Although Morgan Spurlock’s documentaries will never be seen as targeting the highly intellectual, perhaps there is a place for populist non-fiction works that address political and social issues. In this regard, Where in the World Is Osama Bin Laden? may be even more successful than his previous hit Super Size Me.
This time around Morgan and his wife are expecting their first baby, but Morgan becomes worried about the state of the world post-9/11. He decides to try to track down Osama Bin Laden, the man America most fears, but on his journey he learns more about the world, Muslim faith and culture, and in particular the negative way in which American foreign policy is now viewed by much of humanity.
Spurlock has a fine sense of comic timing, and a particularly well developed eye for the absurd, both of which he utilises to make what is essentially a travelogue of the Middle East far more entertaining and popularly appealing than might otherwise be expected. Not for him the dry analysis of Muslim society – Spurlock prefers to ask Muslim men for advice on fatherhood, or wonder aloud whether they have ever left their children behind when travelling by camel. Where in the World Is Osama Bin Laden? is punctuated by frequent laughter, something unexpected in a world so serious about the conflict between Christianity and Islam.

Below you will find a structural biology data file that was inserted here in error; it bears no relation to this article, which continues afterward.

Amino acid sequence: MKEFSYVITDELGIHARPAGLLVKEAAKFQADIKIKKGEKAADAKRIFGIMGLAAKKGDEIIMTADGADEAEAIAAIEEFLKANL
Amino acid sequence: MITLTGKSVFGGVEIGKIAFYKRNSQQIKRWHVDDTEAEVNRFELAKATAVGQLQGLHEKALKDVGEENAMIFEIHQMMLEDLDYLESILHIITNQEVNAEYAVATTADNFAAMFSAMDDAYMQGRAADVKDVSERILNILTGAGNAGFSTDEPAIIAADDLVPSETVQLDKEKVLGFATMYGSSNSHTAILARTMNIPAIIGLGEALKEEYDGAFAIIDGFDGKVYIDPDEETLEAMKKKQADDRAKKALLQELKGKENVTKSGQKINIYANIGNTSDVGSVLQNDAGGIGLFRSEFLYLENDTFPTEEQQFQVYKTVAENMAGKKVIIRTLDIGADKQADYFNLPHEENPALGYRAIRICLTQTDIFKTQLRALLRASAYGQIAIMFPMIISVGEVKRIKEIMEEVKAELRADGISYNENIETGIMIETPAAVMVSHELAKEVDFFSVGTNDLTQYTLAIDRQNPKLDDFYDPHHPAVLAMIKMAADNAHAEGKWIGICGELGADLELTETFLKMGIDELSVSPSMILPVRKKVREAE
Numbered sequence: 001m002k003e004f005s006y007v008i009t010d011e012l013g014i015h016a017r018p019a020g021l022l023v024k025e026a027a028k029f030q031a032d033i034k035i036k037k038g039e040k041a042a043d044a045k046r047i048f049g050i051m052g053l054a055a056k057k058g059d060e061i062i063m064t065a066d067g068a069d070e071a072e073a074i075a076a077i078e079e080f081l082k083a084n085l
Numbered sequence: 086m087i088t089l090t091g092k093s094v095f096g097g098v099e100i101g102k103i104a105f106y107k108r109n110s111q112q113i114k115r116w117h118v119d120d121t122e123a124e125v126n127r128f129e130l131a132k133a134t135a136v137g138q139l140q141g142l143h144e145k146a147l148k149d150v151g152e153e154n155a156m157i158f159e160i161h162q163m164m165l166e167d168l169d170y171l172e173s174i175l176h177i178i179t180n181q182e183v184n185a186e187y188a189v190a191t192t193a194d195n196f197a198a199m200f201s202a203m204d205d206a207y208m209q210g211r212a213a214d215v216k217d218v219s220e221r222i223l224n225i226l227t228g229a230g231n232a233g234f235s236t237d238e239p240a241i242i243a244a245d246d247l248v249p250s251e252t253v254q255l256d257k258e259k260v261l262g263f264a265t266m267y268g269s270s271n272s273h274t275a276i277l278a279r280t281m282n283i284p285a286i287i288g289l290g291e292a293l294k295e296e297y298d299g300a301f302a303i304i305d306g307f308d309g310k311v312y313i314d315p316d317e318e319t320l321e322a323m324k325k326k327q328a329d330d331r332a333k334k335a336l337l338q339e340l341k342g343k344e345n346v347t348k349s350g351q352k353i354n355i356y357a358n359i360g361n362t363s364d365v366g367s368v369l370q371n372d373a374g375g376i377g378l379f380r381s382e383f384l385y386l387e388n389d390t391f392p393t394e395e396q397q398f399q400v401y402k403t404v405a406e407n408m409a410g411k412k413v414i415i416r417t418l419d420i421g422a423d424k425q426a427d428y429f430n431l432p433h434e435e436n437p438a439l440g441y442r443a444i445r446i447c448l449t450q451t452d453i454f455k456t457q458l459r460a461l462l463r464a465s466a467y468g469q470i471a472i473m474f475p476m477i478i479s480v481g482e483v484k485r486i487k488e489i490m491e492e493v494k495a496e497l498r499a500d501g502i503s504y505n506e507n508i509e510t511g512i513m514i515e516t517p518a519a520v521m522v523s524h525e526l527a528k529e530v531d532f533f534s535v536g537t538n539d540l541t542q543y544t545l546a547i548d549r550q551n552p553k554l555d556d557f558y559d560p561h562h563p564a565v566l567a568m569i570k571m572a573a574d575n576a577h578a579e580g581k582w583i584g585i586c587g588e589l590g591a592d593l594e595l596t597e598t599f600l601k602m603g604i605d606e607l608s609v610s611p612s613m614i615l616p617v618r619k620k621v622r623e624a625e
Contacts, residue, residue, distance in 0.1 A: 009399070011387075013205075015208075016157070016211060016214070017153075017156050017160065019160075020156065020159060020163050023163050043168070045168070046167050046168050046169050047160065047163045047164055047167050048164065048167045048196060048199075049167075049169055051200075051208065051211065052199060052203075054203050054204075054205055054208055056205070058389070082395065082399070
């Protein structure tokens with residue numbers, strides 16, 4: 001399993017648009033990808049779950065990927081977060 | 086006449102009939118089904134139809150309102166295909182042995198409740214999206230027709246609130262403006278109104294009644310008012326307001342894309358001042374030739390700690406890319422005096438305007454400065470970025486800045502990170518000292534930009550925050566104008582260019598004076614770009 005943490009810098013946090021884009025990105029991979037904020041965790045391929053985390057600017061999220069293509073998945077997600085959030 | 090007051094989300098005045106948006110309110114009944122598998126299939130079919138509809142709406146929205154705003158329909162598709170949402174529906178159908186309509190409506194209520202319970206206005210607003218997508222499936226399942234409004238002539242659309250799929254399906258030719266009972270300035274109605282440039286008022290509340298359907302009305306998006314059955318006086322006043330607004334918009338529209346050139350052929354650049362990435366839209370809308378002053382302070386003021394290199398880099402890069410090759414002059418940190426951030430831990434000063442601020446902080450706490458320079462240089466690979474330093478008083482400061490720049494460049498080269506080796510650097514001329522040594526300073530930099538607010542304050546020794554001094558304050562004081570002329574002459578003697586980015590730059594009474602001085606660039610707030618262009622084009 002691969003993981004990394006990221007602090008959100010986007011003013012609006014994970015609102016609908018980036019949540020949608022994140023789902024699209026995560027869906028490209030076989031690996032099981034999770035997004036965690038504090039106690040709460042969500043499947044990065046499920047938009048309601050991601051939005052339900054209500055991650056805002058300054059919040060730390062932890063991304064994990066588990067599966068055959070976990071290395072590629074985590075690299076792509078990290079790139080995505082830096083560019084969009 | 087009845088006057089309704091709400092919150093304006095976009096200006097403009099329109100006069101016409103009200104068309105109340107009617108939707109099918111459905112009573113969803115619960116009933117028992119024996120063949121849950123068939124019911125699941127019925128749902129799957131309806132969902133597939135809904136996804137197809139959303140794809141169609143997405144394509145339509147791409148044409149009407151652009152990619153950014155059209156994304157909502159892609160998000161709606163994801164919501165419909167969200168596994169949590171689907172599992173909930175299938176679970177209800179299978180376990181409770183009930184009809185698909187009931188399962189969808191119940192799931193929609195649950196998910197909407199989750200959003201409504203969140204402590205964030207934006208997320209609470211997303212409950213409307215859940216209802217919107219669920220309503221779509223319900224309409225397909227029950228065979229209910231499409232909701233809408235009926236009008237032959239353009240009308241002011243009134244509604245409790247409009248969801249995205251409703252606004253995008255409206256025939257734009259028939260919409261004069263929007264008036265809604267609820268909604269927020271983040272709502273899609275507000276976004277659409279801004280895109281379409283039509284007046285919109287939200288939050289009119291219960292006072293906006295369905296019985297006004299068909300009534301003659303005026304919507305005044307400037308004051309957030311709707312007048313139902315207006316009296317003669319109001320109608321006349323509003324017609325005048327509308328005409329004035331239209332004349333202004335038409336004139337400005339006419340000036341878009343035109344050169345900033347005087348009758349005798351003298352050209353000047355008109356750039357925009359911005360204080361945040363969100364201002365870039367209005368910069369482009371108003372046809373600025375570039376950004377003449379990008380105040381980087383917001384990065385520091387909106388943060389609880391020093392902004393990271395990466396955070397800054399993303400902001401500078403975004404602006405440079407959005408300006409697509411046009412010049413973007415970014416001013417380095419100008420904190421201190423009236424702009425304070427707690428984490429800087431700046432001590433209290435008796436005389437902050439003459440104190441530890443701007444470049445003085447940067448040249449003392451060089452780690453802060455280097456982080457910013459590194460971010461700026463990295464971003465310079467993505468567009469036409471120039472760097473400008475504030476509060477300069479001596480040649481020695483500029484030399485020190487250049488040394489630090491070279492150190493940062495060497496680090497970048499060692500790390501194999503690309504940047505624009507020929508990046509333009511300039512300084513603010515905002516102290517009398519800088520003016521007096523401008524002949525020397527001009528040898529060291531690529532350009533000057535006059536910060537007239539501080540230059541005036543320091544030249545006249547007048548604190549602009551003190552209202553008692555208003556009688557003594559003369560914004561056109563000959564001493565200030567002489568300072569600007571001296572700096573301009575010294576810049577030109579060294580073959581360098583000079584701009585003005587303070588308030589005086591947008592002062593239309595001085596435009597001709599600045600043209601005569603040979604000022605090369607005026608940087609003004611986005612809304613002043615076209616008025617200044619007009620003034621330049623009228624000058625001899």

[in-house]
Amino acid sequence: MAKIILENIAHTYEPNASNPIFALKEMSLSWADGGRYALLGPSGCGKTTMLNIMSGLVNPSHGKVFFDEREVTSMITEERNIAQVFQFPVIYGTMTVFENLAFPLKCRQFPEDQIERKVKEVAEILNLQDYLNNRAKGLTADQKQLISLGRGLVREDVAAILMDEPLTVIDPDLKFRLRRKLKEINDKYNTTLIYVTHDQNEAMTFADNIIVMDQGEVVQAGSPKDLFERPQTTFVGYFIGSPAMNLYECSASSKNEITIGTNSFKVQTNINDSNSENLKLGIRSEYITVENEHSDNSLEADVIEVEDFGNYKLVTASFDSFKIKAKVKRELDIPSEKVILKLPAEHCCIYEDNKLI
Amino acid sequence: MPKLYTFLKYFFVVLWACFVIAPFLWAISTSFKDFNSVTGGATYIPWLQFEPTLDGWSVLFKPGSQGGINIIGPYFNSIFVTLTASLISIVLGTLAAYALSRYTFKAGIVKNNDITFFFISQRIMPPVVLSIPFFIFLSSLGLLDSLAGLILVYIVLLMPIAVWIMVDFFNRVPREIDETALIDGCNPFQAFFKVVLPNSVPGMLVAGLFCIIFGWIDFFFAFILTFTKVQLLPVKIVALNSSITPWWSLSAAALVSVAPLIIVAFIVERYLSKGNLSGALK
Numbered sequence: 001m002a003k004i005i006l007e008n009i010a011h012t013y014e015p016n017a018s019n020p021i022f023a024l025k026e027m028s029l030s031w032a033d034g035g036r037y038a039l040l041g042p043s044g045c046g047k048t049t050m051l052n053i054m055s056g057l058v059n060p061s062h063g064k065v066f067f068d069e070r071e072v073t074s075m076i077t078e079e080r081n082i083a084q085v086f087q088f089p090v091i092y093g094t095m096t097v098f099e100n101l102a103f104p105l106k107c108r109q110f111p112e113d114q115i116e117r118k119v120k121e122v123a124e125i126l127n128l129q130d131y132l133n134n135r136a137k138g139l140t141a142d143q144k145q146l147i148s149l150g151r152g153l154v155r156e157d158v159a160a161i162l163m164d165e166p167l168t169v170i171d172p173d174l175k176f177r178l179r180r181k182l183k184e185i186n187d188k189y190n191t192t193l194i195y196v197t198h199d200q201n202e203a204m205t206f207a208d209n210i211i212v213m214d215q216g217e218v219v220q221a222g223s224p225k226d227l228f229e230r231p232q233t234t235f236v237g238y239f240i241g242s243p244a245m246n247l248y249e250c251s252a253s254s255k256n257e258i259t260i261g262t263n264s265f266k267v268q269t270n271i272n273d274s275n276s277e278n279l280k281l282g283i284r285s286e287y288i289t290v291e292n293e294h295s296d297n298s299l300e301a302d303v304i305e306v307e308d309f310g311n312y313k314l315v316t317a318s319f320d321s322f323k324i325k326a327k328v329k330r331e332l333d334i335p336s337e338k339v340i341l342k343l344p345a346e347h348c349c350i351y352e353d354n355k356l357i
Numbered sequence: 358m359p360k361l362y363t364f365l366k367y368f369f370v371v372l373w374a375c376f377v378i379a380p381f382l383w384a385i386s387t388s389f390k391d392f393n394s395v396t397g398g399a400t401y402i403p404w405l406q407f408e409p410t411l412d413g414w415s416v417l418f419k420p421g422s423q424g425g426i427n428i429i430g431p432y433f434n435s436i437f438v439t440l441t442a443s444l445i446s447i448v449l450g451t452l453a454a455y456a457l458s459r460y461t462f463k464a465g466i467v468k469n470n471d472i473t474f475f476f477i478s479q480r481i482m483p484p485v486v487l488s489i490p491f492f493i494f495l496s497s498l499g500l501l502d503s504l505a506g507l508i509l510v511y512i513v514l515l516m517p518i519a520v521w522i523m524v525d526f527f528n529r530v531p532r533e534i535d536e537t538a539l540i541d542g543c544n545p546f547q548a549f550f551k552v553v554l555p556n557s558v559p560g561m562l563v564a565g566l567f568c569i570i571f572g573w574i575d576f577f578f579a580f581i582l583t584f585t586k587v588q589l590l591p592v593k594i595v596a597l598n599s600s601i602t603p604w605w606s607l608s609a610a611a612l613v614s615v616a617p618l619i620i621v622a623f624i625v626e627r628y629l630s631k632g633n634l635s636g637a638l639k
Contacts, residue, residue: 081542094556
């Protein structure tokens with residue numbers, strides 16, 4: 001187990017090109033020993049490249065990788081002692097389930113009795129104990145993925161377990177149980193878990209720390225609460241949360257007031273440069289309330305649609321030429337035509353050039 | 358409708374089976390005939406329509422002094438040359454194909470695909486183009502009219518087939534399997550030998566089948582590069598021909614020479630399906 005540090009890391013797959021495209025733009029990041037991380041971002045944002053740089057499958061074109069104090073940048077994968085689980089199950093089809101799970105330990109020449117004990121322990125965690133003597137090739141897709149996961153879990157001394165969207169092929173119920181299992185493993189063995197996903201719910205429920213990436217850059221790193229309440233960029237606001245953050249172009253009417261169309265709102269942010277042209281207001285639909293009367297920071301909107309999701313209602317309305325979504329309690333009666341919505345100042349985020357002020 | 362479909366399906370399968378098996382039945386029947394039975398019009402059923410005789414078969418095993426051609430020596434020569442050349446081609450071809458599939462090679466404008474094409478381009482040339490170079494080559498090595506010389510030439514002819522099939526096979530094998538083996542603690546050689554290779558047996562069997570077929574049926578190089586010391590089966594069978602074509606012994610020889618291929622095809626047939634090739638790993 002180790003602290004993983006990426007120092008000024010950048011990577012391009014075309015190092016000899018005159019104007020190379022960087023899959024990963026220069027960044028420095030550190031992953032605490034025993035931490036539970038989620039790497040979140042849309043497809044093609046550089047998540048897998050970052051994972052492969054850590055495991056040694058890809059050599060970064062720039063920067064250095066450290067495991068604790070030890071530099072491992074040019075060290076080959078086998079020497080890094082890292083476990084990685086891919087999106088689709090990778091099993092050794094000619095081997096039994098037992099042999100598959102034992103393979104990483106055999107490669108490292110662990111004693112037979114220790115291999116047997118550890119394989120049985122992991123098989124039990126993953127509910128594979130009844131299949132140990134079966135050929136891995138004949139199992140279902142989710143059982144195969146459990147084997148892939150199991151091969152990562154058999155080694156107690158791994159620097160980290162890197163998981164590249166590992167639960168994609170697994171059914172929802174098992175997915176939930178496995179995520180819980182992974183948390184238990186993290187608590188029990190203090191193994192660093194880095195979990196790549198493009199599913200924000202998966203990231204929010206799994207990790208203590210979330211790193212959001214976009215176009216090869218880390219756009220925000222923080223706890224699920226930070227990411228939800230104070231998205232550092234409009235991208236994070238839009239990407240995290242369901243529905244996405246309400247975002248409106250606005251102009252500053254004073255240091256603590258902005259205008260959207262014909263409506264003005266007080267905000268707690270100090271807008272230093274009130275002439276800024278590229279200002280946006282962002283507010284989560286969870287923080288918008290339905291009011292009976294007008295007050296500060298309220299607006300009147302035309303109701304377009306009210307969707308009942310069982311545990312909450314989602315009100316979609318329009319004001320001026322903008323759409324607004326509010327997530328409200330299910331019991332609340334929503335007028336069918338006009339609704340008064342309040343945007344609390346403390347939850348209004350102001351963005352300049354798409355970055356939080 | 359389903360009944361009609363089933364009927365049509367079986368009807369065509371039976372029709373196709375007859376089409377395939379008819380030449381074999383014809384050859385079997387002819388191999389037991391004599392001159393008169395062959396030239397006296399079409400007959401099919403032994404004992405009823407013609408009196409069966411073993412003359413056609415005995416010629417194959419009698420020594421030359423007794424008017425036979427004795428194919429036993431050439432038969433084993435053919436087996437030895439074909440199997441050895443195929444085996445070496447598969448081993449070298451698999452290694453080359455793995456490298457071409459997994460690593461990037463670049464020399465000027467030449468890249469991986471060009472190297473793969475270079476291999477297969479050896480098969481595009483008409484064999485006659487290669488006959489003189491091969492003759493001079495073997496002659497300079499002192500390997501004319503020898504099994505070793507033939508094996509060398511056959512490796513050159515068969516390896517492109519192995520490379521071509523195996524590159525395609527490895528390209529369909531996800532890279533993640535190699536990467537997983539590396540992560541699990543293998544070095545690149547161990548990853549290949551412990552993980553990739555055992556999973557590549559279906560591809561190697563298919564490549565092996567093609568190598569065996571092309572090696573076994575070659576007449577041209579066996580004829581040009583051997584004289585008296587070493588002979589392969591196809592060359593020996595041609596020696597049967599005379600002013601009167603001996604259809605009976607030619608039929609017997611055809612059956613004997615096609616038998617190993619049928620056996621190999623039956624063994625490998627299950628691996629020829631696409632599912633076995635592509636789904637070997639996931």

The difference in budget between this and his debut feature is apparent and striking, with animation sequences and even a mock ‘Street Fighter’-like section featuring Spurlock and Bin Laden that only just knows when it has worn out its welcome. There is also much less of Spurlock speaking directly into his own camera, with the increase in crew responsible for a far more polished appearance to this film.
There are occasional moments when Spurlock lingers slightly too long on a point, but generally the film moves at a crisp pace. With so much footage obtained (Spurlock noted at a post-screening Q&A at MIFF that he had more than 100 hours of useable film) one is entitled to wonder why he chose the particular scene in Israel that is shown. Additionally, the ‘sub-plot’ of the impending arrival of Spurlock Jnr. unfortunately isn’t as well maintained as it should be, particularly as in the final sequences its importance to the filmmaking process becomes more evident.
Where in the World Is Osama Bin Laden? is an extremely well made entertainumentary that raises previously well-covered issues in a light and less challenging manner. Perhaps it is in this form that people will be more readily reached.Rating: